For the prices, these were all decent wines, straightforward and unpretentious, made without artifice. The producers made no effort to dress them up with flavorings like oak chips, intended to convey the veneer of more expensive wines that had been aged in barrels of new oak.
Nor were they sweet, another tactic for covering up the shortcomings of poorly made wines. Remember the Apothic Red we tried in our exploration of supermarket wines in 2019?
La Vieille Ferme has long been an inexpensive brand offered by the Perrin family, owners of Château de Beaucastel, a renowned Châteauneuf-du-Pape estate, among other properties. This was made of a typical Mediterranean blend, grenache, cinsault, carignan and syrah, mostly but not entirely from the Ventoux area in southern France, hence the Vin de France notation on the label. Roughly 2.5 million bottles are made annually.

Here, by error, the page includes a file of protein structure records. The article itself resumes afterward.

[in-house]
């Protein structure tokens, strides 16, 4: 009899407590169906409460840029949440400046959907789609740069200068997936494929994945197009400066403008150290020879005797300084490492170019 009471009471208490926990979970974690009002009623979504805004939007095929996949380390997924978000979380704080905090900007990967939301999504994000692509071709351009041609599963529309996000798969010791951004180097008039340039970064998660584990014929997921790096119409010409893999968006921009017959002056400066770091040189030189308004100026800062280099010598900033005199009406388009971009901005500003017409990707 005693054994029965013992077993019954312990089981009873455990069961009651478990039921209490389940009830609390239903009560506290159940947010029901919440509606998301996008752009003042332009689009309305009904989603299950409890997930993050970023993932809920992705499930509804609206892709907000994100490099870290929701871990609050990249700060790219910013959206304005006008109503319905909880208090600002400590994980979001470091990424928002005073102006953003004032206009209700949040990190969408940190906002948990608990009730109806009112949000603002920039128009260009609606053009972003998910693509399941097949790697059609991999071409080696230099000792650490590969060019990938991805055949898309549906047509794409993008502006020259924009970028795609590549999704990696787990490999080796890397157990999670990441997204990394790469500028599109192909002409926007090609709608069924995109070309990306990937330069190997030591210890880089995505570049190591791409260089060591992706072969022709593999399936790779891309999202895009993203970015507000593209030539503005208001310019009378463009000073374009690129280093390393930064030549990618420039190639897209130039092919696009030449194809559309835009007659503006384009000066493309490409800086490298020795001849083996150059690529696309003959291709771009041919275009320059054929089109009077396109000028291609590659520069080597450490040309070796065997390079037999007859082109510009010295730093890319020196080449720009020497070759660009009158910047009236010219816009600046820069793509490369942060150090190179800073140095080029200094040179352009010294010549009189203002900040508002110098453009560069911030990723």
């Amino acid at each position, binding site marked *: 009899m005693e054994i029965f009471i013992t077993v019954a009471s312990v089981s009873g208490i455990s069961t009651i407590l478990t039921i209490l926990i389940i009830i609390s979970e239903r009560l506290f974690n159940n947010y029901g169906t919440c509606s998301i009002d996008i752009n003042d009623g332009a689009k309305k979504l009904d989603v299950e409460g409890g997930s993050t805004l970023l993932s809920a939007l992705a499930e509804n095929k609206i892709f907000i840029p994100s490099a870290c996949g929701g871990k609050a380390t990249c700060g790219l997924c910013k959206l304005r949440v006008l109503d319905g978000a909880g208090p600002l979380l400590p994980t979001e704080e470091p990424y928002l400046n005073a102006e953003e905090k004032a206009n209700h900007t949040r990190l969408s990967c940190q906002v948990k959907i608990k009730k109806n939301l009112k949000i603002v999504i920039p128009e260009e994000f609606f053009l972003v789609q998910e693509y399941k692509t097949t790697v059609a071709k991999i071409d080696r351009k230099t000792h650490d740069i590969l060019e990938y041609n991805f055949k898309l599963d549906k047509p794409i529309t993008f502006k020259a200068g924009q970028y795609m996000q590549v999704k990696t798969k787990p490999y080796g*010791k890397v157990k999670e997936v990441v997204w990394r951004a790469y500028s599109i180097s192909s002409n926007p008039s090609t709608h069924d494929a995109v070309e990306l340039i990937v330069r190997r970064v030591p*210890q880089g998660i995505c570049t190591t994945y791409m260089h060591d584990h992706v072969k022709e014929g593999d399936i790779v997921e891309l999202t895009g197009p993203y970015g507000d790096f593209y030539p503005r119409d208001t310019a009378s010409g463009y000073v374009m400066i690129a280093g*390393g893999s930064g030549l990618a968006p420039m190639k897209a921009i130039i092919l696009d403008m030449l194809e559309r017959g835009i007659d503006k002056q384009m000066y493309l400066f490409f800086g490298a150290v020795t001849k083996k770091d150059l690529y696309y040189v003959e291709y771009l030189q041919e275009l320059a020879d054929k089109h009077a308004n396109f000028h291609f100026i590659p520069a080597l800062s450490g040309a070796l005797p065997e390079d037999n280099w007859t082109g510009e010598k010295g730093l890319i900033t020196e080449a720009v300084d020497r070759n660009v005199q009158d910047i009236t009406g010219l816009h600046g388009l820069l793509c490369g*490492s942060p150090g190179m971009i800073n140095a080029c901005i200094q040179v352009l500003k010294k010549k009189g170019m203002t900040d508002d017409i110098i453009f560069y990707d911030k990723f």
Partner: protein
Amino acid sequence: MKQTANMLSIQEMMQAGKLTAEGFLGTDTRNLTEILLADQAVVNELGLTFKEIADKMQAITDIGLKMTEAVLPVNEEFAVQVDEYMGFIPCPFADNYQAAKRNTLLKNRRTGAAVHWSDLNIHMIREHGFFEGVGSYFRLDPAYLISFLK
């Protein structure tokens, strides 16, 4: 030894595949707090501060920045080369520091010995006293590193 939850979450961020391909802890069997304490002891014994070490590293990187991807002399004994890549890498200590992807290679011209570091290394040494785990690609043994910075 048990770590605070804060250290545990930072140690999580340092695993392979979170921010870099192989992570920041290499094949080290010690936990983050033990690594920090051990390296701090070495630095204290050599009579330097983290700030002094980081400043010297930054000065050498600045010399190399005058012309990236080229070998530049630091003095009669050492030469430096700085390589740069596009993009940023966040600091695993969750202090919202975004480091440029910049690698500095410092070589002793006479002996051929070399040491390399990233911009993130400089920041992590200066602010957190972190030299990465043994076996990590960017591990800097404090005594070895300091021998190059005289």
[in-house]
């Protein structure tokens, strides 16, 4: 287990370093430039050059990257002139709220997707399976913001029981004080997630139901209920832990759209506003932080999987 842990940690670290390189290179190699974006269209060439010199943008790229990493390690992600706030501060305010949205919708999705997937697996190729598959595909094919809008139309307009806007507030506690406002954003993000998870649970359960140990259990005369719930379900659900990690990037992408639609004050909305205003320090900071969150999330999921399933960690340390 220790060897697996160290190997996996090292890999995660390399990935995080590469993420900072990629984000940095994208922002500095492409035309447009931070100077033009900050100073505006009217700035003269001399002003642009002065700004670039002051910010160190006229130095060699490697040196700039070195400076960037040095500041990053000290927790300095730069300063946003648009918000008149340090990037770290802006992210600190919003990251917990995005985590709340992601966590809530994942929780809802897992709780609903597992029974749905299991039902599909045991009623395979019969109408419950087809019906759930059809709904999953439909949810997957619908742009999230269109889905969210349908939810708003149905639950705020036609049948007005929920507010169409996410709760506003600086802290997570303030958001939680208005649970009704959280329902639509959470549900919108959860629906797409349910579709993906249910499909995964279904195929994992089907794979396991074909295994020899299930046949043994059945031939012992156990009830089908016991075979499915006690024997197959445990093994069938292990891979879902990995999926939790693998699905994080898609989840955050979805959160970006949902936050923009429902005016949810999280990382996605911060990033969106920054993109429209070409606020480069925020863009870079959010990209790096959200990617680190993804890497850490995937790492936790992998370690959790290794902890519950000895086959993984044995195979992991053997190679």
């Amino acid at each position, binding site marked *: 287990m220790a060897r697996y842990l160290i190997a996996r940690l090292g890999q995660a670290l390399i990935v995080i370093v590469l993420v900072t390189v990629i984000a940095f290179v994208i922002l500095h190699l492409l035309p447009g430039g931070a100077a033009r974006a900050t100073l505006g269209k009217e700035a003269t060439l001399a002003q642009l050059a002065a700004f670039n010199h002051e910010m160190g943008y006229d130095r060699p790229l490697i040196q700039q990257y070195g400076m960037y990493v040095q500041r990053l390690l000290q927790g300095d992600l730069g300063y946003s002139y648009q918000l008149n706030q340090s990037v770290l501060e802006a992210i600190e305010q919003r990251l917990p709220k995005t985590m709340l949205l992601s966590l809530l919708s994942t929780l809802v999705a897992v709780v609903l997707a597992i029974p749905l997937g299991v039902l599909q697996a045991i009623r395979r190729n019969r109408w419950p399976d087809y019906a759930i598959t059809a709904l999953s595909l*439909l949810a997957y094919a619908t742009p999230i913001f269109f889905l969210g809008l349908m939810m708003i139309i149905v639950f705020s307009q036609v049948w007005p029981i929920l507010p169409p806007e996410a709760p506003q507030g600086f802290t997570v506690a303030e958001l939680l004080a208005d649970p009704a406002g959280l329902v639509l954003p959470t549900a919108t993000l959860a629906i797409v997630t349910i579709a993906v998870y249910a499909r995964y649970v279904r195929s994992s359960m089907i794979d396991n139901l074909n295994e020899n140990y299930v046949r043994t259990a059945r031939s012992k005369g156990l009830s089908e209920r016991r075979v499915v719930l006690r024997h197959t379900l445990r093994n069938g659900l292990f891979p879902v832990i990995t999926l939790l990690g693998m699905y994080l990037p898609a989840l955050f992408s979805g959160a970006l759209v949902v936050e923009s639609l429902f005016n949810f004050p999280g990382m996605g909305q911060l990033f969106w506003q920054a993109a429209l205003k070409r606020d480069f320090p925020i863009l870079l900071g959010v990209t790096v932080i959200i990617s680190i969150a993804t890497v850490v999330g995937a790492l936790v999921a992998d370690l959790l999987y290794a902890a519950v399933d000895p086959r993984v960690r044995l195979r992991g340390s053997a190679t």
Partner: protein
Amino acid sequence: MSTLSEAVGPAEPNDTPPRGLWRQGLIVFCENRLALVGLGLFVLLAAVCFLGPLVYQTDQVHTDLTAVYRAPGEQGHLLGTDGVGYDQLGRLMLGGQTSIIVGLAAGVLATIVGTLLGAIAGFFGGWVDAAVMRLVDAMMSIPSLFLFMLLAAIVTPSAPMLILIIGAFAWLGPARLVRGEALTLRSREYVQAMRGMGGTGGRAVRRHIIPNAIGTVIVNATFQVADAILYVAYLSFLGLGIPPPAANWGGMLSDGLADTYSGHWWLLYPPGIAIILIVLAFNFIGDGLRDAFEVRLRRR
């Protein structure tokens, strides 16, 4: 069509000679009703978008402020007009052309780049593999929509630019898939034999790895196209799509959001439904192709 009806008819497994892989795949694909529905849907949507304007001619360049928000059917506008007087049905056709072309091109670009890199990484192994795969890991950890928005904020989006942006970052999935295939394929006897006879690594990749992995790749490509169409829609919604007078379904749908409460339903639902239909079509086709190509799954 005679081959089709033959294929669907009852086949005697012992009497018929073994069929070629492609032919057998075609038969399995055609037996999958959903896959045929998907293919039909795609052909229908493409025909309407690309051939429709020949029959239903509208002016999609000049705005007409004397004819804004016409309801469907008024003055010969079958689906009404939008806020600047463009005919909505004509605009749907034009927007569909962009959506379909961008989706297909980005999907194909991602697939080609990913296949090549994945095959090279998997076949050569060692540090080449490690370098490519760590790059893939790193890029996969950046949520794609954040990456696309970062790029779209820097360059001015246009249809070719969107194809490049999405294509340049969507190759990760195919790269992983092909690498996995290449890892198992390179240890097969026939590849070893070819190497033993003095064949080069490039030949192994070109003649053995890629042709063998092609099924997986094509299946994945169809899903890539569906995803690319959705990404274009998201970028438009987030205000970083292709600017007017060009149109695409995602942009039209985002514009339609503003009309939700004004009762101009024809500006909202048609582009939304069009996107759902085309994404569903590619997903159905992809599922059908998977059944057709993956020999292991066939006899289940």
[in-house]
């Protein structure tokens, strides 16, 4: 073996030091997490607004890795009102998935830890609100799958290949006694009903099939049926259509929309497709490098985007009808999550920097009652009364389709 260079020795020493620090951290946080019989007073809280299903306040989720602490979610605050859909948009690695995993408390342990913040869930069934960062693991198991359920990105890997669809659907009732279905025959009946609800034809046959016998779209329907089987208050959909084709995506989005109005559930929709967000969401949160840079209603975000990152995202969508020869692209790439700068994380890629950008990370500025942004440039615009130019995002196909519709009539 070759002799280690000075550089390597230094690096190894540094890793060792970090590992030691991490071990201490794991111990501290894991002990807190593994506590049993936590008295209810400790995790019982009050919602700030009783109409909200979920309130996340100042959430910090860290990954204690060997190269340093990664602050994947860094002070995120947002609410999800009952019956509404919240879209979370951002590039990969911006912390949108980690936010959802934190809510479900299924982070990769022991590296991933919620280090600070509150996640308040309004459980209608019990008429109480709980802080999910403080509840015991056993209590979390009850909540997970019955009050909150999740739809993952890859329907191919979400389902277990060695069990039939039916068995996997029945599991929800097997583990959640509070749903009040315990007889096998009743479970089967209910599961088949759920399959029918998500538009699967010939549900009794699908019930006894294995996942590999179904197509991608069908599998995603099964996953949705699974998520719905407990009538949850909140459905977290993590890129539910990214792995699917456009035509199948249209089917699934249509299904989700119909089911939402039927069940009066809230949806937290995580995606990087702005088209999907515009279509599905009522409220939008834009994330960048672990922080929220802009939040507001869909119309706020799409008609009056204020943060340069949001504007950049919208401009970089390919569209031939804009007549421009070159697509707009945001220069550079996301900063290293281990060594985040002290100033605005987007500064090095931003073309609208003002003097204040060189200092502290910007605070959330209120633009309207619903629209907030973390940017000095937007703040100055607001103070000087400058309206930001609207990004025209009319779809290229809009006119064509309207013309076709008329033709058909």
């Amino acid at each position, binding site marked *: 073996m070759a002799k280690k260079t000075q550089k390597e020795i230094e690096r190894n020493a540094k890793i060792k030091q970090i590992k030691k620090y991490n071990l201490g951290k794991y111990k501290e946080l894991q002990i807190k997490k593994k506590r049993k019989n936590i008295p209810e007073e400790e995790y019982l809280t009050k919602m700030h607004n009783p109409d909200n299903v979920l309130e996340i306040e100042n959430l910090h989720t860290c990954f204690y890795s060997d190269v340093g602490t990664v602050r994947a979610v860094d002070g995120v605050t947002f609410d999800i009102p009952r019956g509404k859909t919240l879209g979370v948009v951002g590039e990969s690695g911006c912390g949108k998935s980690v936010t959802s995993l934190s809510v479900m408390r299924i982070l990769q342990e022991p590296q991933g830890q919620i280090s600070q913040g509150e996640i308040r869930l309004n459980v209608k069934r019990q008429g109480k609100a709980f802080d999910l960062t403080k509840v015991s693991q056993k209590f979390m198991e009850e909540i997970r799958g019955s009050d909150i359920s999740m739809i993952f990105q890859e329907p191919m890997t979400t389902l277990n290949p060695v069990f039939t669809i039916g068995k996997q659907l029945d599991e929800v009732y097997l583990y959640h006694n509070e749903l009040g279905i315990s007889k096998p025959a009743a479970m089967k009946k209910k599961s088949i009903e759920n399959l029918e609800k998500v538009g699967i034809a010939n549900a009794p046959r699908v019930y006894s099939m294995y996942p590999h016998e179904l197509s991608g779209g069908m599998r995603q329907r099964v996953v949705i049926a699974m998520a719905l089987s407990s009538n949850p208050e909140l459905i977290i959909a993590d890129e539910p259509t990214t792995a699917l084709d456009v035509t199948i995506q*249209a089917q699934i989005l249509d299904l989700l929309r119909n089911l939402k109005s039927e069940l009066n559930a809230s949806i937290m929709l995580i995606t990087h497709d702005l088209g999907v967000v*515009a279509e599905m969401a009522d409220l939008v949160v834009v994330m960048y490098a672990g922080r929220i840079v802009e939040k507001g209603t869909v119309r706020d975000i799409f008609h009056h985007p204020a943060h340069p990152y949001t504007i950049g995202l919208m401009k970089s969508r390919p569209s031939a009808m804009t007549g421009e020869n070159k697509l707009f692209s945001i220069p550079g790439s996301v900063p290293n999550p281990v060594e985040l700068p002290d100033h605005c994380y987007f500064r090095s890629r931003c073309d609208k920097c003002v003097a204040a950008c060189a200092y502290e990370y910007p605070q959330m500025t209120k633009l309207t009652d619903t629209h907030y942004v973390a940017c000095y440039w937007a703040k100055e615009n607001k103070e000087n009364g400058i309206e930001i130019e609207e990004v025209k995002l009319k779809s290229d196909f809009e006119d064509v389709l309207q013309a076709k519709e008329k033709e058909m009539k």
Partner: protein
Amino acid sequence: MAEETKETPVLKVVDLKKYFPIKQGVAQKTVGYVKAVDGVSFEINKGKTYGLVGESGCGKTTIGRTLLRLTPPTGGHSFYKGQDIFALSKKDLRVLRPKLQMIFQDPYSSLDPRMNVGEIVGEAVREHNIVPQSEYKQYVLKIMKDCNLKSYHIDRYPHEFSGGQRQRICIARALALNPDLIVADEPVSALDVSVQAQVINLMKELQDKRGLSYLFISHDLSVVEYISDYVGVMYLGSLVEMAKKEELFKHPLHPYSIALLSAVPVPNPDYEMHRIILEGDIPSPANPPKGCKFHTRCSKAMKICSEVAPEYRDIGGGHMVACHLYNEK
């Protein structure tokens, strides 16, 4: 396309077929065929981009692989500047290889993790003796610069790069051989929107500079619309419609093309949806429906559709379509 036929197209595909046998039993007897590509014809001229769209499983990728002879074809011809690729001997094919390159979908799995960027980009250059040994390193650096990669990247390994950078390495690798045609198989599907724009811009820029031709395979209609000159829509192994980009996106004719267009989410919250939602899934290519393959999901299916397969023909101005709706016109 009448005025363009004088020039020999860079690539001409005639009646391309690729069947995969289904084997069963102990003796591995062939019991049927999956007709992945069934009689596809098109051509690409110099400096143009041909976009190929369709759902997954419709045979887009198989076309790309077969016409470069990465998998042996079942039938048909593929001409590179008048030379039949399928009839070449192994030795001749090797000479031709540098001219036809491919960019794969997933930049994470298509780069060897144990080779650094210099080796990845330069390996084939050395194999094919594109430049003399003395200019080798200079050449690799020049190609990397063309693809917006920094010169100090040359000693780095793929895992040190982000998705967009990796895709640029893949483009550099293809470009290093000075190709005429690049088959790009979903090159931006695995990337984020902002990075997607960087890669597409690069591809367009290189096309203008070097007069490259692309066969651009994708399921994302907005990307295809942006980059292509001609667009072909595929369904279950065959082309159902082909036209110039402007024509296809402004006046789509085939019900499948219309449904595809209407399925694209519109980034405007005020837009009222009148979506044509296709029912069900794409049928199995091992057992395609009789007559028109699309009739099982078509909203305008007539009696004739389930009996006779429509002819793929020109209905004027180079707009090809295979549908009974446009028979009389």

It was juicy, dry and well-balanced, with peppery flavors of red and black fruits.
Los Vascos is also part of a big company. It’s the Chilean outpost of the Domaines Barons de Rothschild, owners of the storied Bordeaux estate Château Lafite Rothschild. It’s 100 percent cabernet sauvignon from the Colchagua region of Chile. More than 3 million bottles made annually.
It was fuller and richer than the Vieille Ferme and discernibly cabernet sauvignon, with soft flavors of spicy fruit and herbs.
Of the three wines, I thought the Masciarelli had the most personality. It was made entirely of the montepulciano grape, with sweet-bitter aromas and flavors of juicy red fruits and flowers. About a half million bottles are made each year, and the owners make wines from only the Abruzzo region of Italy.
These are all simple wines, and nothing is wrong with simplicity. We sometimes get caught up in the idea that complexity is always better. Complexity may often be interesting, but when the occasion is simple — a weeknight pizza or burgers — sometimes you want a simple wine.